Originally Published in October, 2016, revised Feb 25, 2018.
By Roy L Hales
One of my wife’s fondest memories of Germany is the well maintained trails going through idyllic forests. She was visiting relatives during the late 1960’s and early 70’s. My impressions are both much later, and different. After my second trip to Germany, last year, I asked Andreas König, Head AG Wildlife Biology and Wildlife Management at the Technical University of Munich, where are Germany’s bears, wolves and eagles?
We arrived at the Bavarian village of Iffeldorf the morning after the first snow, in late November, 2015. Dr. Uta Raeder, Co-Director of the Technical University of Munich (TUM) facility, greeted us in the parking lot. We huddled close, straining to catch her words before the wind, or traffic noises took, them away. She and her colleagues has been considering keeping us indoors. Instead they led us toward the boathouse, to see how they are monitoring how the climate is changing Germany’s lakes.
The relationship between humans and their immediate environment is much more complex than we have always thought. This complexity is well defined in the relationship between biological and cultural diversity which has been found to be more direct, and that each influences the other to an extent. In a more explicit way, bio-cultural adaptability influences homogeneity, and which consequently results in habitat isolation for the reason of adaptive modification. The introduction of bicultural ethics is meant to change the narrative of ecological relationship from the predominantly mono-system status into the new possibility of recognizing the place of other pre-existing systems operating within an immediate environment and without necessarily changing the local setting that may exist.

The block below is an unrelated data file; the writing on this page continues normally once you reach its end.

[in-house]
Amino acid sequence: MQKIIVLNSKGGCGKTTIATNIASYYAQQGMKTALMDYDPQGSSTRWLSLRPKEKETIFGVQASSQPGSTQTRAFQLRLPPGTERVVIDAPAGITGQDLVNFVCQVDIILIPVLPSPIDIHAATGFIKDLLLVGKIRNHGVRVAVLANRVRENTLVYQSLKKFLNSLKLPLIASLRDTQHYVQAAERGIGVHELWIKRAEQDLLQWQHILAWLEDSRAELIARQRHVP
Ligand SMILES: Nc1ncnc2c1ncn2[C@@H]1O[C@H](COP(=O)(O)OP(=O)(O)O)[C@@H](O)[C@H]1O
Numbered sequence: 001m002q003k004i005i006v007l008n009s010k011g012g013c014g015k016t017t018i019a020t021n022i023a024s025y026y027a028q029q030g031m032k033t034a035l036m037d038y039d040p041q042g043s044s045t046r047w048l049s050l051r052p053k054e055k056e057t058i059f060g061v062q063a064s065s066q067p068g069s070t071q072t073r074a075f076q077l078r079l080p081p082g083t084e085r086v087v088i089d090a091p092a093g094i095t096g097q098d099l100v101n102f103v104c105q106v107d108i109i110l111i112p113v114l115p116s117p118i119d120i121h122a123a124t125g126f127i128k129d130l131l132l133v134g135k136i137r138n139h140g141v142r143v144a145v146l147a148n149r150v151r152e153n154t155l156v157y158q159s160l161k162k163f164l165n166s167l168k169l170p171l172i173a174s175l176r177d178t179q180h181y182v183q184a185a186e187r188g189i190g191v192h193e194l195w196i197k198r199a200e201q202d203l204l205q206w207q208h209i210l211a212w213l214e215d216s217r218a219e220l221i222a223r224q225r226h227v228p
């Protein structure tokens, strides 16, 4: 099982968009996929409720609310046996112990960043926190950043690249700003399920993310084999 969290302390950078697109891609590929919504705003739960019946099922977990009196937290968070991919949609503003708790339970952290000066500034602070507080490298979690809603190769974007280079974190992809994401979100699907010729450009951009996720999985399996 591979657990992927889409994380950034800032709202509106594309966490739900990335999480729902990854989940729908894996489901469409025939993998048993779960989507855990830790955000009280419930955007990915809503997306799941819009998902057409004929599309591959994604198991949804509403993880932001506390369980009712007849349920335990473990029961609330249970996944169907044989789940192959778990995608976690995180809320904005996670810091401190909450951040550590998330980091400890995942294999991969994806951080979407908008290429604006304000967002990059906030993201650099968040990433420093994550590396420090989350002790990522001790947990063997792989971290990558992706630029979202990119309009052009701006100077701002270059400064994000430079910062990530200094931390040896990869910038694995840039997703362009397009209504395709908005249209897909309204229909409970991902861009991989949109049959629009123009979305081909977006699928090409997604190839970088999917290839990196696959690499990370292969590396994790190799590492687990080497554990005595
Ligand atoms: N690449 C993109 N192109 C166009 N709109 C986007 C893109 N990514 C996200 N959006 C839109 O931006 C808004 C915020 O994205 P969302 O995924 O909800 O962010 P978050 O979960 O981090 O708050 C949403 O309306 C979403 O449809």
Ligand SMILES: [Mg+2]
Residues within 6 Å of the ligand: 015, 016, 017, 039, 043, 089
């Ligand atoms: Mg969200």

Marine Harvest did not have the consent of local First Nations, when they set up an open net fish farm off Swanson Island farm thirty-one-years ago. They did not need it, with a Social Credit government ruling British Columbia. Only this is 2017, the courts recognize aboriginal title, and Premier John Horgan is more conscious of First Nation’s concerns. At the invitation of Chief Bob Chamberlain of Kwikwasut’inuxw Haxwa’mis First Nation, Horgan and three of his top cabinet ministers visited Alert Bay. They met with forty Kwakwaka’wakw (Kwakiutl) leaders, who demanded Horgan remove the Broughton Archipelago’s open net fish farms.